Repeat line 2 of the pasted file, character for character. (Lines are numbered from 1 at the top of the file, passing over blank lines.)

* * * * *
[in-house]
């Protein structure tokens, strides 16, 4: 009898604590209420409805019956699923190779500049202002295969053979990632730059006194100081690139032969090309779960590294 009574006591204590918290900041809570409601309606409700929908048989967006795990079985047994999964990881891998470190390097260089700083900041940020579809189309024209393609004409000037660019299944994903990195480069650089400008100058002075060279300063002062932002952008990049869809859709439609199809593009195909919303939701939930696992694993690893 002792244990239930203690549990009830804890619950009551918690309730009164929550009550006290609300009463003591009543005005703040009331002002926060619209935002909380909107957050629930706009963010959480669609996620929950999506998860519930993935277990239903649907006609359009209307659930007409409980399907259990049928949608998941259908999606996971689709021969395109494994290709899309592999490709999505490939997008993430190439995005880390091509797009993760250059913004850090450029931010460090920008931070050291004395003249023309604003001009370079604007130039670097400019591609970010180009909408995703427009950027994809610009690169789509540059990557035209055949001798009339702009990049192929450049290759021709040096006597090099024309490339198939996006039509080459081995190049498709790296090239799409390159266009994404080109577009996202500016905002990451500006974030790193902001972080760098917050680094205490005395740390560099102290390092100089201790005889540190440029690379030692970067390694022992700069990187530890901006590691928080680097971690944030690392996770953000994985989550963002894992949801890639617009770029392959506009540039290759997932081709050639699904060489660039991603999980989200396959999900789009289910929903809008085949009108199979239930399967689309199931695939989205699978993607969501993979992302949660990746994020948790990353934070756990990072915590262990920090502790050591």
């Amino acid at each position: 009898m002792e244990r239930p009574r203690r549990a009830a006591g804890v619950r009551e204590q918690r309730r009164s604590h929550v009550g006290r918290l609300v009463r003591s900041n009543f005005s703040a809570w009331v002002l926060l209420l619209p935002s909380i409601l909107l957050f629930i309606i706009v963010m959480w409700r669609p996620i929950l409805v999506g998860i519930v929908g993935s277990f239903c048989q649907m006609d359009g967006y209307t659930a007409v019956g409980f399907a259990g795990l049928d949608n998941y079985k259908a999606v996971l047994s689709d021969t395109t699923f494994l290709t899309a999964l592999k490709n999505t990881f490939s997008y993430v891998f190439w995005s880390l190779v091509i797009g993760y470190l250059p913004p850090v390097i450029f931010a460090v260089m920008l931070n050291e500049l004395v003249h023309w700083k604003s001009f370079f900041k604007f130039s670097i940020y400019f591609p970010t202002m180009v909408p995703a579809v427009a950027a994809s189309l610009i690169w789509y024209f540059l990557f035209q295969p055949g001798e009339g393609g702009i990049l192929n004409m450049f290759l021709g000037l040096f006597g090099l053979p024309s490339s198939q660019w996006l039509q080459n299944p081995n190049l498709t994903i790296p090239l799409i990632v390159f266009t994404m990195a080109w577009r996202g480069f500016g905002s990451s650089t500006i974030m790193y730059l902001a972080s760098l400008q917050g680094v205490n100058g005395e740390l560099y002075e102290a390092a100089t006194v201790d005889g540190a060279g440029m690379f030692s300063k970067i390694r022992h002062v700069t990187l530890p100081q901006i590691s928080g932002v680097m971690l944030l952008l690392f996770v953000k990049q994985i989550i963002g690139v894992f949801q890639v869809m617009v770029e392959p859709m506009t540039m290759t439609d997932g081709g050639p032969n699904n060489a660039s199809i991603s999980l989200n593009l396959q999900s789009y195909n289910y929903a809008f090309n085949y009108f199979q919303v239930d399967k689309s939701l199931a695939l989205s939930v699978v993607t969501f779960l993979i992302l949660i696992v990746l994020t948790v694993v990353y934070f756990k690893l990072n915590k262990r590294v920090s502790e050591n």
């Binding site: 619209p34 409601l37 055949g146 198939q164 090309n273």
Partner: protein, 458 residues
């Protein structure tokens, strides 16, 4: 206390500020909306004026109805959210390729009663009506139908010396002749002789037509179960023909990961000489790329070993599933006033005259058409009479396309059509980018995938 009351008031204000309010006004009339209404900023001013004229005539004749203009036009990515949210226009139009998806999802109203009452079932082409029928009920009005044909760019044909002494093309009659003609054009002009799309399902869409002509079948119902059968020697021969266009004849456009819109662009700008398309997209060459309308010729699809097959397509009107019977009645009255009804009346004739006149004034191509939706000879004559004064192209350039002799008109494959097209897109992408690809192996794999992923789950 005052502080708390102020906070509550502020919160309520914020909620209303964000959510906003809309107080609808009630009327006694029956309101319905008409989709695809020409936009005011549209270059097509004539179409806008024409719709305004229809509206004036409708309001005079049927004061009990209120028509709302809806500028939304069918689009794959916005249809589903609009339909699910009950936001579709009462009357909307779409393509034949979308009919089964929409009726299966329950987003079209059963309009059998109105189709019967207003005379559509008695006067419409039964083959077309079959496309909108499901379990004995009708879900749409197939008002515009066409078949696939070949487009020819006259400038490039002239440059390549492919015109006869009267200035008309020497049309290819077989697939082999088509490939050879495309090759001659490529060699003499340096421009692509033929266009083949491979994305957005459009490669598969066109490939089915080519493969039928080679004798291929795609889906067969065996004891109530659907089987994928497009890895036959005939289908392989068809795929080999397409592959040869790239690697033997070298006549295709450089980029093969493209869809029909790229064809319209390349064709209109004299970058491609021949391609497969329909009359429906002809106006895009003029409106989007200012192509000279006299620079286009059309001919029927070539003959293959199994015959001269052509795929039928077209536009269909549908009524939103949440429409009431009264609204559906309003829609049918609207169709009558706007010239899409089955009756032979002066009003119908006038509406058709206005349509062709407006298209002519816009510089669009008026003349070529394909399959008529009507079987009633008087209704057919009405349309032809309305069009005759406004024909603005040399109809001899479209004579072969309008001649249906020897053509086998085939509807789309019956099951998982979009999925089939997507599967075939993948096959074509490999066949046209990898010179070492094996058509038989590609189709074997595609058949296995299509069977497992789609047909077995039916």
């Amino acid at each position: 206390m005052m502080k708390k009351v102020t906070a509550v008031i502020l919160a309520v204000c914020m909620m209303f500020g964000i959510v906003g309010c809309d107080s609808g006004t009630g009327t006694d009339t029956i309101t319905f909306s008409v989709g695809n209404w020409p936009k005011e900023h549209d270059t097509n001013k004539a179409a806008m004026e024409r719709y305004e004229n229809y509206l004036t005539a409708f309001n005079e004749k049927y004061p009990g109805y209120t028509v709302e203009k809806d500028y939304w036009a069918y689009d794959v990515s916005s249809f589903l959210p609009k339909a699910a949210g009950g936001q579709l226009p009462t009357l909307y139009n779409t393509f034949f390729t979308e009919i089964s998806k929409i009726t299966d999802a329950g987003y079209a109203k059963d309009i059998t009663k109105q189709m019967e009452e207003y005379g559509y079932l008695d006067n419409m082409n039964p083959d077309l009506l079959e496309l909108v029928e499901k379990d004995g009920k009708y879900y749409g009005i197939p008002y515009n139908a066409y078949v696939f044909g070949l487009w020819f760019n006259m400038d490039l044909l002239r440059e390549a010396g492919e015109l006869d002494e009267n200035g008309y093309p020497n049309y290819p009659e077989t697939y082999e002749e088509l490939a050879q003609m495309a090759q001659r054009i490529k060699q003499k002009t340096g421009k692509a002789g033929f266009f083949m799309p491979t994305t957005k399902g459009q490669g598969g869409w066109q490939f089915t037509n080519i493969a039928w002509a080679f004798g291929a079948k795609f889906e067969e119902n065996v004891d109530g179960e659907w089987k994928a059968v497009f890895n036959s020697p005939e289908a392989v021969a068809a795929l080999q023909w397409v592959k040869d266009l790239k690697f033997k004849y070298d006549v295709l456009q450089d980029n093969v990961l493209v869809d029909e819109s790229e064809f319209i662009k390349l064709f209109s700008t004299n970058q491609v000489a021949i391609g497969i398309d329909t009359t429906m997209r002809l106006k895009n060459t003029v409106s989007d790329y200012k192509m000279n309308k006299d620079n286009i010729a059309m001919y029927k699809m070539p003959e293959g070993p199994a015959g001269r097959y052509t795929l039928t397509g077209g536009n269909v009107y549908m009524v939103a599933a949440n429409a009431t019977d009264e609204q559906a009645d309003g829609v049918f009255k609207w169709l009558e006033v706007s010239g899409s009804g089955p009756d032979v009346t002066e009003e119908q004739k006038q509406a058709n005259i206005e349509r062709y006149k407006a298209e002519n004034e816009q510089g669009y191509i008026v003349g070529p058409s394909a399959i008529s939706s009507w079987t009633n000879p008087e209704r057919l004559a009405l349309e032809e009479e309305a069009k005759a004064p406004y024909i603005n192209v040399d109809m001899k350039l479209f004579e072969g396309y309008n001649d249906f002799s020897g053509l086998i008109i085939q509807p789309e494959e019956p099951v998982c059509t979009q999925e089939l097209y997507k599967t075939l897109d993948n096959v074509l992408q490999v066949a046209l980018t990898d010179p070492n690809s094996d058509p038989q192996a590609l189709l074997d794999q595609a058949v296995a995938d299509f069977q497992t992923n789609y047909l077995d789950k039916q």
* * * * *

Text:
């Protein structure tokens, strides 16, 4: 009898604590209420409805019956699923190779500049202002295969053979990632730059006194100081690139032969090309779960590294 009574006591204590918290900041809570409601309606409700929908048989967006795990079985047994999964990881891998470190390097260089700083900041940020579809189309024209393609004409000037660019299944994903990195480069650089400008100058002075060279300063002062932002952008990049869809859709439609199809593009195909919303939701939930696992694993690893 002792244990239930203690549990009830804890619950009551918690309730009164929550009550006290609300009463003591009543005005703040009331002002926060619209935002909380909107957050629930706009963010959480669609996620929950999506998860519930993935277990239903649907006609359009209307659930007409409980399907259990049928949608998941259908999606996971689709021969395109494994290709899309592999490709999505490939997008993430190439995005880390091509797009993760250059913004850090450029931010460090920008931070050291004395003249023309604003001009370079604007130039670097400019591609970010180009909408995703427009950027994809610009690169789509540059990557035209055949001798009339702009990049192929450049290759021709040096006597090099024309490339198939996006039509080459081995190049498709790296090239799409390159266009994404080109577009996202500016905002990451500006974030790193902001972080760098917050680094205490005395740390560099102290390092100089201790005889540190440029690379030692970067390694022992700069990187530890901006590691928080680097971690944030690392996770953000994985989550963002894992949801890639617009770029392959506009540039290759997932081709050639699904060489660039991603999980989200396959999900789009289910929903809008085949009108199979239930399967689309199931695939989205699978993607969501993979992302949660990746994020948790990353934070756990990072915590262990920090502790050591």